IN MEMORIAM:  Kenneth W. Edmonds, Carolina Times publisher dies at age 66

Photo courtesy of Spectacular Magazine

IN MEMORIAM:  Kenneth W. Edmonds, Carolina Times publisher dies at age 66
May 14
00:20 2020

By The North Carolina Black Publishers Association

DURHAM, NC — Kenneth William Edmonds, Editor-Publisher of The Carolina Times, died on Saturday, May 2, 2020, at the age of 66. 

Born on Dec. 5, 1953 to the late educator, Woodrow “Woody” W. Edmonds, and educator and editor, Vivian L. Austin Edmonds, Kenneth leaves to cherish his memories his loving and devoted son, Christian Edwards, and cousins, Bernard Austin and Vivian Austin.

Kenneth held numerous positions at the paper, including selling newspapers outside the office and later in the neighborhoods, which gave him keen insights into the lives of those featured weekly in “The Times.” He progressed at the paper, and his first writing assignment was writing obituaries and, eventually editorials. His photography also graced the newspaper and, eventually, he began laying out the paper and exploring the business side of the profession.

He was succeeded as publisher by his daughter, Mrs. Vivian Edmonds. She carried on the tradition of publicizing racial inequities and fighting for racial equality in North Carolina and throughout the United States. Austin’s grandson, Kenneth Edmonds, became Editor-Publisher at his mother’s retirement and continued the legacy of printing “The Truth Unbridled,” which is the newspaper’s motto.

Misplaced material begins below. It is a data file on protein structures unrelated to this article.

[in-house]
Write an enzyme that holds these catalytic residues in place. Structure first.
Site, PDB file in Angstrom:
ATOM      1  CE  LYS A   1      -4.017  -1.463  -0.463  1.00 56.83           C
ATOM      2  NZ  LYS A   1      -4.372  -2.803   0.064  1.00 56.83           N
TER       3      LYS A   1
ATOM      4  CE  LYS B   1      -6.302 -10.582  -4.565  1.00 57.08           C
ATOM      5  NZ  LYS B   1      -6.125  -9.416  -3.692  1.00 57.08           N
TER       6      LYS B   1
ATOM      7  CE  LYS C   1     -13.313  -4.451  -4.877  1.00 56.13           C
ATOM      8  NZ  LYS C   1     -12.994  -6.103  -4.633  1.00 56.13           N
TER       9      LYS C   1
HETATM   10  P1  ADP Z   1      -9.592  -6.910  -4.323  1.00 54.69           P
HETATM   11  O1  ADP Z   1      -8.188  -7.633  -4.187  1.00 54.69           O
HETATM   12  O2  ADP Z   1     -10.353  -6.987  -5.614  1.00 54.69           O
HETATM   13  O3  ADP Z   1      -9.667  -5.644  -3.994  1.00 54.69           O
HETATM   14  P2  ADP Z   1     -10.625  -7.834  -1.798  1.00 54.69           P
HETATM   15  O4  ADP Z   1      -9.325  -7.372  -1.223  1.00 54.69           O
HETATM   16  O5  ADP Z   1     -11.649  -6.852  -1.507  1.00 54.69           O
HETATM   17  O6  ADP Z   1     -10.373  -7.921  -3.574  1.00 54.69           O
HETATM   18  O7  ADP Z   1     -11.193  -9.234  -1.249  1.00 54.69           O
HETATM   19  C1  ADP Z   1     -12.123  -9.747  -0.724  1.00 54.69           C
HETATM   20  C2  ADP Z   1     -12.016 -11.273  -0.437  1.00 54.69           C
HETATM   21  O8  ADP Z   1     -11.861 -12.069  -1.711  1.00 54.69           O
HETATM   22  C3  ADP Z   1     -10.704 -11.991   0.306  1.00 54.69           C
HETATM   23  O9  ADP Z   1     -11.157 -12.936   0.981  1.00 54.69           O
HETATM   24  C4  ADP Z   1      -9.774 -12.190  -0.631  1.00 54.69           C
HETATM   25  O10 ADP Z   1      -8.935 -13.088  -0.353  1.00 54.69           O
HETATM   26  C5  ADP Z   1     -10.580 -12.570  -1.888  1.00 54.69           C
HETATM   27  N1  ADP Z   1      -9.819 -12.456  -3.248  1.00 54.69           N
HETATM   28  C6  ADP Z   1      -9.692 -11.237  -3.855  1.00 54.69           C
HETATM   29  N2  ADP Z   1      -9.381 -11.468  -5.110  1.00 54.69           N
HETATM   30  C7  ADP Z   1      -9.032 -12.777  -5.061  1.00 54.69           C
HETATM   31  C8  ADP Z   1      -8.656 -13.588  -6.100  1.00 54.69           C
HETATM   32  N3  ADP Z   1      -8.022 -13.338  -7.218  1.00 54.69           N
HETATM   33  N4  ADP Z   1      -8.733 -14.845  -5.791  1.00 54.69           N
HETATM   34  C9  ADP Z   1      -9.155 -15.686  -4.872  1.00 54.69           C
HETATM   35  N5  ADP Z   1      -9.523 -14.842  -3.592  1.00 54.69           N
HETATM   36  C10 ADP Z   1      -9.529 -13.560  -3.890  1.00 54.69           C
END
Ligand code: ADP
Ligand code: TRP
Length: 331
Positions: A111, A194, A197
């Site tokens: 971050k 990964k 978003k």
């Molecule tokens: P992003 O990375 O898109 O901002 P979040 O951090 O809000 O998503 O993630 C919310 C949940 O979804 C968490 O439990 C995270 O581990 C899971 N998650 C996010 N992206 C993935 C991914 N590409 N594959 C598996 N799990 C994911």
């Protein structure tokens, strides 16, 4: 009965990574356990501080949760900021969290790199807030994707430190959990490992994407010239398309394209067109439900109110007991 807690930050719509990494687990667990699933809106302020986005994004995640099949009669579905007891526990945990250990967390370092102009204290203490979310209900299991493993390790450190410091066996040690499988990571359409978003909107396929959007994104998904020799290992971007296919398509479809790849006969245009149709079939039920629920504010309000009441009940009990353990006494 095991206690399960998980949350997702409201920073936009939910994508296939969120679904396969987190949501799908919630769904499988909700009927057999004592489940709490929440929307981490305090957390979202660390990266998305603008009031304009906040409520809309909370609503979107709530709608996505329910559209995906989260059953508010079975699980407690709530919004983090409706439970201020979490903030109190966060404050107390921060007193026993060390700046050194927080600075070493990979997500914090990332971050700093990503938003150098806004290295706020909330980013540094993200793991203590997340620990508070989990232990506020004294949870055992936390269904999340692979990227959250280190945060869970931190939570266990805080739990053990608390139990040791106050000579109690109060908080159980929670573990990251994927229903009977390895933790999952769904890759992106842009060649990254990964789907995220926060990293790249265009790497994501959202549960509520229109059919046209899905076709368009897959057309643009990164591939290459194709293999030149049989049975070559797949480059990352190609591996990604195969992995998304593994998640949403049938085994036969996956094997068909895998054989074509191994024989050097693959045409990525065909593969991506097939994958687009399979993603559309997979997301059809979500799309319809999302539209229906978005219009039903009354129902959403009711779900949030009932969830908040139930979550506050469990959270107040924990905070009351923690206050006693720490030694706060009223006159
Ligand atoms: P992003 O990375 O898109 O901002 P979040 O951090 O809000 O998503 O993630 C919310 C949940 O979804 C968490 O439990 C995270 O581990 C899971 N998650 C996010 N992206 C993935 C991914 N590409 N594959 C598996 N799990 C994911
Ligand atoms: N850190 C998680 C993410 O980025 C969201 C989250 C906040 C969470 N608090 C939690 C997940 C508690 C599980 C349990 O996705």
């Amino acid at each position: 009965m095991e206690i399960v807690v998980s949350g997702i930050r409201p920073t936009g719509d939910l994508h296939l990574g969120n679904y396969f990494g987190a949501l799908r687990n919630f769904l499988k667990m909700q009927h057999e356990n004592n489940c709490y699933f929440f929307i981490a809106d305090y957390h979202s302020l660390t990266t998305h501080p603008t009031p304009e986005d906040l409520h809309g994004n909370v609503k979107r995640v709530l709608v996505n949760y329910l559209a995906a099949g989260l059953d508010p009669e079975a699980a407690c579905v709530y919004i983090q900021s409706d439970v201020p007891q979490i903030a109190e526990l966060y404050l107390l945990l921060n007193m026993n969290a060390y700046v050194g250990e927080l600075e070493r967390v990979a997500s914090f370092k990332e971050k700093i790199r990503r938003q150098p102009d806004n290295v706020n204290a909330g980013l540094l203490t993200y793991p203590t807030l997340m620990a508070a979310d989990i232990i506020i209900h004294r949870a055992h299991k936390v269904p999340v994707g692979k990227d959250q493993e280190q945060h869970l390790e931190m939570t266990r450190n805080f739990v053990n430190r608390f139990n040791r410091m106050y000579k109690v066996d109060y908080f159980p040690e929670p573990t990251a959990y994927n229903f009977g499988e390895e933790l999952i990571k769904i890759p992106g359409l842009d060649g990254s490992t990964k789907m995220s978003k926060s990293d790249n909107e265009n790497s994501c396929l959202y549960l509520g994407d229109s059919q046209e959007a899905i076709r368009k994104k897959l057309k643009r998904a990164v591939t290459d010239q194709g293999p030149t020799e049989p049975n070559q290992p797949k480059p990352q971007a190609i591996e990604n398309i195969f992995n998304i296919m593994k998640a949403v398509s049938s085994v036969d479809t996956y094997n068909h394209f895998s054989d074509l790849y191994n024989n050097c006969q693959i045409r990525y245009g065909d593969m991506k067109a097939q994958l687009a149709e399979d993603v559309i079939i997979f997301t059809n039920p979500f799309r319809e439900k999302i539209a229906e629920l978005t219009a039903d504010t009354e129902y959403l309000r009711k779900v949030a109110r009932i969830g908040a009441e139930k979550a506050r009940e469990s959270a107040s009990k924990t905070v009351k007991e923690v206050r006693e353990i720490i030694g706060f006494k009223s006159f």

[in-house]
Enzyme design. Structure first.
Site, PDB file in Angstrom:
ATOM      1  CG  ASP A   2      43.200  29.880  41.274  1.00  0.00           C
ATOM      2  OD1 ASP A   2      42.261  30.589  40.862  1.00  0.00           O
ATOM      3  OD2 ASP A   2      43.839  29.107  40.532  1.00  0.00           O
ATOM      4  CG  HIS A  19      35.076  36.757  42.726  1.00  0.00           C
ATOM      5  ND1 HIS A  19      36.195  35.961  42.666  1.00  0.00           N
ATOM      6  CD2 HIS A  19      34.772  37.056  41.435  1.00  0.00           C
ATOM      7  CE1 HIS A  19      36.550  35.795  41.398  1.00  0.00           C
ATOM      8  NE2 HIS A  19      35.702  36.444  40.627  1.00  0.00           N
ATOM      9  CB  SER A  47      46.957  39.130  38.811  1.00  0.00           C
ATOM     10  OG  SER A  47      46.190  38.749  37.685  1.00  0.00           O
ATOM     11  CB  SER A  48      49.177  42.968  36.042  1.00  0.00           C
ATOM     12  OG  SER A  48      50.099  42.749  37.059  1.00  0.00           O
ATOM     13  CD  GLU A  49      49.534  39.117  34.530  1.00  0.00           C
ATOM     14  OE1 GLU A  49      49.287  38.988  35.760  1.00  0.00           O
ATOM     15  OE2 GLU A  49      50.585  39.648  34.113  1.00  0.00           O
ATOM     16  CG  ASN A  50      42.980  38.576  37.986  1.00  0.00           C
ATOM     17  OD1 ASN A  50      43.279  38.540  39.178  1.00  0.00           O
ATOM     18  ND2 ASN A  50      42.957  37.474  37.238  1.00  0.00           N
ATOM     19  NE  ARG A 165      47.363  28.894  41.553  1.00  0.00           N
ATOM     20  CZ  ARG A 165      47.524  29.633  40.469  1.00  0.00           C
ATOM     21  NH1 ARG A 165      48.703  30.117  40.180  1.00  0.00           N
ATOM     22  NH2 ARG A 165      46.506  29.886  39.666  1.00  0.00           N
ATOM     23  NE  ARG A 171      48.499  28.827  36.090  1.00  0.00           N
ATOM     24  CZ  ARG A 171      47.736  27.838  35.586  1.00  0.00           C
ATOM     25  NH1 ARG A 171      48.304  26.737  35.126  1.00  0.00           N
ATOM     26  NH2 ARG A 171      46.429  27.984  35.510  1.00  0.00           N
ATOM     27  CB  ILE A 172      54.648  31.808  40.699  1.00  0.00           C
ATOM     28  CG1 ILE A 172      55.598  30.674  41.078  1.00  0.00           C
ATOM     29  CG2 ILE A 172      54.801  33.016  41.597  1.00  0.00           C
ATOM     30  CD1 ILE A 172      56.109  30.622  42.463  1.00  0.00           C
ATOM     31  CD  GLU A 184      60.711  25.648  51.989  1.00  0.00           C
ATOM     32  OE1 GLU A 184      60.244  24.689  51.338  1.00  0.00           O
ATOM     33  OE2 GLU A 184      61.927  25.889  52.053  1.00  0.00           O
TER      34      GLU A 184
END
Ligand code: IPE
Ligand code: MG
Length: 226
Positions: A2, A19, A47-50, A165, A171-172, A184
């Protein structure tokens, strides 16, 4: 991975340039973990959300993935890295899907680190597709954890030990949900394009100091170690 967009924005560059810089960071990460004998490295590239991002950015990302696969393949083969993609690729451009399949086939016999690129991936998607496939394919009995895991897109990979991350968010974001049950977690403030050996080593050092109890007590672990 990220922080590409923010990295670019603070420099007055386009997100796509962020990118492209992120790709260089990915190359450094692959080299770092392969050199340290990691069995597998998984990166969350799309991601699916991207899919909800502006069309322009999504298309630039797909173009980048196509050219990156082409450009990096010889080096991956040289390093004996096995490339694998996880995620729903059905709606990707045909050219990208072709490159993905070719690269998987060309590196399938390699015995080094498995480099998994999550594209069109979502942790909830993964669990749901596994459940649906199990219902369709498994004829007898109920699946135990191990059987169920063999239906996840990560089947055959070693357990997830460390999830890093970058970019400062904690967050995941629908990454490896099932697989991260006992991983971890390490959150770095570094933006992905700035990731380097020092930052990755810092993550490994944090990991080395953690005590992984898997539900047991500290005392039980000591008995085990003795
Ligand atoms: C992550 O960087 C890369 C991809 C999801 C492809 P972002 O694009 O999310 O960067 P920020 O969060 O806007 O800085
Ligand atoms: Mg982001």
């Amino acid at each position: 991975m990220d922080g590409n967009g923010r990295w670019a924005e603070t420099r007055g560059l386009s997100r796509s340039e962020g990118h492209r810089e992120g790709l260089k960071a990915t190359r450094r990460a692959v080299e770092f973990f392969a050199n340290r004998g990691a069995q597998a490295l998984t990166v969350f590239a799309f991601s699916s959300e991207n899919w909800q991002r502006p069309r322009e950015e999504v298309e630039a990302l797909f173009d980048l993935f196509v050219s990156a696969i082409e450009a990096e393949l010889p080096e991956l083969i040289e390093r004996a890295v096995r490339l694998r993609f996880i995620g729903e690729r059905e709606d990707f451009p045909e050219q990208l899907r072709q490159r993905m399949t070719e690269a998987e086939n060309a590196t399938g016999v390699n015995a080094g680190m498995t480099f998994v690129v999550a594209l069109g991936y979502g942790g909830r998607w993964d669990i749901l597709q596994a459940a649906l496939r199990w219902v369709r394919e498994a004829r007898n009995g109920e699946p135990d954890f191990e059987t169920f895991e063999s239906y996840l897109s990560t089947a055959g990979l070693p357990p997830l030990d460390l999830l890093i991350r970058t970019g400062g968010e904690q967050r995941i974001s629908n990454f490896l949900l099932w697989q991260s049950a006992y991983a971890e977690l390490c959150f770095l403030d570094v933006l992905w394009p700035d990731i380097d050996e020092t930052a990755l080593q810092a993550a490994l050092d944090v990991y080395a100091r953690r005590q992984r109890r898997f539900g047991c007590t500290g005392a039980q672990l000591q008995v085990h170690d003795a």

Kenneth brought the newspaper into the age of digital technology and ushered in an era of a new relevance to the publication with the inclusion of national wire service stories, and the incorporation of color photography within the pages of The Carolina Times. 

The Carolina Times, under Mr. Edmonds, continued its membership in the National Newspaper Publishers Association, as well as the North Carolina Black Publishers Association. Even though his responsibilities at “The Times” were pressing, he still accepted the position of Treasurer of the North Carolina Black Publishers Association, a position he handled admirably at the time of his death.

He was also a life member of the National Association for the Advancement of Colored People (NAACP) and enjoyed fellowship with St. Joseph’s African Methodist Episcopal Church since his childhood.

 “Although considered soft spoken by some, Kenneth William Edmonds, had a way of making a point that got the attention of everyone in the room. His carefully thought out points were a significant voice in the direction for Black Newspapers in North Carolina,” said Paul R. Jervay, Jr., NCBPA Media Services Specialist, who often conversed with Edmonds regarding issues, as well as advertising concerns from around the state.

 “It is difficult to sum up the life, legacy and work of Kenneth W. Edmonds. However, we are comforted by the exemplary life of this servant leader, who leaves behind a legacy of excellence that can never be undone. He will be genuinely missed, but his spirit will live on today and forever,” concluded NCBPA President, Mary Alice Jervay Thatch.

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